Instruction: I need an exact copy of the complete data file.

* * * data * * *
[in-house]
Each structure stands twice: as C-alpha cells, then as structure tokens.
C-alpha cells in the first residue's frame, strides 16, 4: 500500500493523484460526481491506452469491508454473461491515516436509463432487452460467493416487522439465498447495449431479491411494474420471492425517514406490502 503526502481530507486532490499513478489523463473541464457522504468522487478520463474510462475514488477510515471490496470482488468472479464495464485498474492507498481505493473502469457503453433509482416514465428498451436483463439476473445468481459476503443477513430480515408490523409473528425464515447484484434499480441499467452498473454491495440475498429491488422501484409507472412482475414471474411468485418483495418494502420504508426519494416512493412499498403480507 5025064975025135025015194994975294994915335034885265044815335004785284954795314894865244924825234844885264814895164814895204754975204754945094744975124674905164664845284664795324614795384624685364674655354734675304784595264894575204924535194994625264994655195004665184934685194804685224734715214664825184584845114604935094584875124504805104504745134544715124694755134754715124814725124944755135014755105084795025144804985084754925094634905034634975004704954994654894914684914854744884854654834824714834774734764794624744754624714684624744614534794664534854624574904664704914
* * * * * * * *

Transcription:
[in-house]
Each structure stands twice: as C-alpha cells, then as structure tokens.
C-alpha cells in the first residue's frame, strides 16, 4: 500500500493523484460526481491506452469491508454473461491515516436509463432487452460467493416487522439465498447495449431479491411494474420471492425517514406490502 503526502481530507486532490499513478489523463473541464457522504468522487478520463474510462475514488477510515471490496470482488468472479464495464485498474492507498481505493473502469457503453433509482416514465428498451436483463439476473445468481459476503443477513430480515408490523409473528425464515447484484434499480441499467452498473454491495440475498429491488422501484409507472412482475414471474411468485418483495418494502420504508426519494416512493412499498403480507 5025064975025135025015194994975294994915335034885265044815335004785284954795314894865244924825234844885264814895164814895204754975204754945094744975124674905164664845284664795324614795384624685364674655354734675304784595264894575204924535194994625264994655195004665184934685194804685224734715214664825184584845114604935094584875124504805104504745134544715124694755134754715124814725124944755135014755105084795025144804985084754925094634905034634975004704954994654894914684914854744884854654834824714834774734764794624744754624714684624744614534794664534854624574904664704914